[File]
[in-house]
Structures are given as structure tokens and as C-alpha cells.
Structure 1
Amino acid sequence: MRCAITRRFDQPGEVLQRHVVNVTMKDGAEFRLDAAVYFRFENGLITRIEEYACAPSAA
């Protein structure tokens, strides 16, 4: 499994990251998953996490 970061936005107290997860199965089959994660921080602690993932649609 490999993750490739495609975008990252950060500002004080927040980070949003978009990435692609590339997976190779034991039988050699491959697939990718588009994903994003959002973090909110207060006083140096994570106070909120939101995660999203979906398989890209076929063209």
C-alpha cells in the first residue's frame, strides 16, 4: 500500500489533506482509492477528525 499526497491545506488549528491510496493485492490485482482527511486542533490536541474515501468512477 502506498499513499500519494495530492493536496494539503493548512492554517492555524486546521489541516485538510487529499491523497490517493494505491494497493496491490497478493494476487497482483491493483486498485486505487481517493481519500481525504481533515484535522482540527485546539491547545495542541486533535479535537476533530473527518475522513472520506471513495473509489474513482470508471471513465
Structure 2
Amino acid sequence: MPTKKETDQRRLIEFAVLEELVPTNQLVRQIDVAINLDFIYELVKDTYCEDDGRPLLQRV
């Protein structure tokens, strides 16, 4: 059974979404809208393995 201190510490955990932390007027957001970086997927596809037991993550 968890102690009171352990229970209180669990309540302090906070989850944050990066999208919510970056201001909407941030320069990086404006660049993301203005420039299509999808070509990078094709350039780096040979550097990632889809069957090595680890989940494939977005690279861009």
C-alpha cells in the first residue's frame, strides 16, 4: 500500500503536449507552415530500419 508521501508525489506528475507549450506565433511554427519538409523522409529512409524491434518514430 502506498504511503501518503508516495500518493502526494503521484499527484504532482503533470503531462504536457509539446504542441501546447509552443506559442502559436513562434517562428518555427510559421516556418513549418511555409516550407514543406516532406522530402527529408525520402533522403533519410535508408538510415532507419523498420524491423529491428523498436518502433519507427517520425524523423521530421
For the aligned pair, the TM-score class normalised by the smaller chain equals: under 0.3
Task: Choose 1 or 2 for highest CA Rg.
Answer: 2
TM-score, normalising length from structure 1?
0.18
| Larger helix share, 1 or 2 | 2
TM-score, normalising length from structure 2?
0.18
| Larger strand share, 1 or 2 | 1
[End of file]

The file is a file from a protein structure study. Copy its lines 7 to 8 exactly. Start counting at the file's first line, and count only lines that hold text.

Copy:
Structure 2
Amino acid sequence: MPTKKETDQRRLIEFAVLEELVPTNQLVRQIDVAINLDFIYELVKDTYCEDDGRPLLQRV